New Poll: Moderates Abandon Republicans for Hillary in Droves
Pennsylvania Moderate Voters
- Clinton: 59, Christie: 29
- Clinton: 57, Bush: 29
- Clinton: 61, Paul: 25
- Clinton: 62, Huckabee: 26
- Clinton: 64, Cruz: 21
With the Republican Party growing more and more conservative, especially during the primaries when candidates have to appeal to their party base, moderates are abandoning Republicans in huge numbers and throwing their support toward presumptive Democratic nominee Hillary Clinton.
According to a new PPP Pennsylvania poll, Hillary Clinton owns dominant margins among moderate voters over every Republican candidate.
Even against New Jersey Governor Chris Christie, dubbed the moderate of the race, Clinton leads by a margin of 59-29 among Pennsylvania’s moderate voters despite only leading Christie by a 49-39 margin in the overall poll.
The other candidates fare even worse.
Against another moderate Republican, former Florida Governor Jeb Bush, Clinton leads by a margin of 57-29 among moderate voters.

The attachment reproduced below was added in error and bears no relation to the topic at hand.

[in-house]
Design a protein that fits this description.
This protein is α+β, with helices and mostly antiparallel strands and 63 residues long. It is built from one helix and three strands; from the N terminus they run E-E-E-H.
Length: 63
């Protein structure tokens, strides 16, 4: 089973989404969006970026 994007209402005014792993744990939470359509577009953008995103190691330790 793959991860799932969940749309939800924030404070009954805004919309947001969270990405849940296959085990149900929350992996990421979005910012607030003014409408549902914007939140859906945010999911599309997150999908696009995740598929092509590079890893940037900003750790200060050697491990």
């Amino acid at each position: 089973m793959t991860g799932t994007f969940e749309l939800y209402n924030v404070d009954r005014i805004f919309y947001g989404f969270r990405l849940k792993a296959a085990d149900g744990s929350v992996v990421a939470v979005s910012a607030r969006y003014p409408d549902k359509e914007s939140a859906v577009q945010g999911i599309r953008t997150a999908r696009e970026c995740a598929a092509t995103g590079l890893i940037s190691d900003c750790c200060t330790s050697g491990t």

Against conservative favorite and Kentucky Senator Rand Paul, Clinton leads by a strong 61-25 margin.
Against former Arkansas Governor Mike Huckabee, Clinton leads by a 62-26 margin among moderates.
She absolutely trounces Tea Party-favorite Ted Cruz with a 64-21 percent split among moderate voters.
Of course, thanks to the help of the moderate vote, Clinton has a strong overall lead on every Republican in the poll.
Clinton leads Christie by 10 percent, Bush by a 51-37 margin, Paul by a 52-38 margin, Huckabee by a 52-37 margin, and Cruz by a big 53-34 margin.
What will be interesting to see going forward is if Republicans can manage to alienate more moderate and independent voters once the primaries heat up.
Typically, primary season is spent moving to the right to appeal to the conservative base before moving to the middle in the general election campaign to appeal to as many voters as possible. The farther right the party goes, the harder it will be to move back to the middle and recapture moderate voters come November 2016. It’s already looking like an uphill battle before campaigning has even begun.
(Image courtesy of Josh Harrison)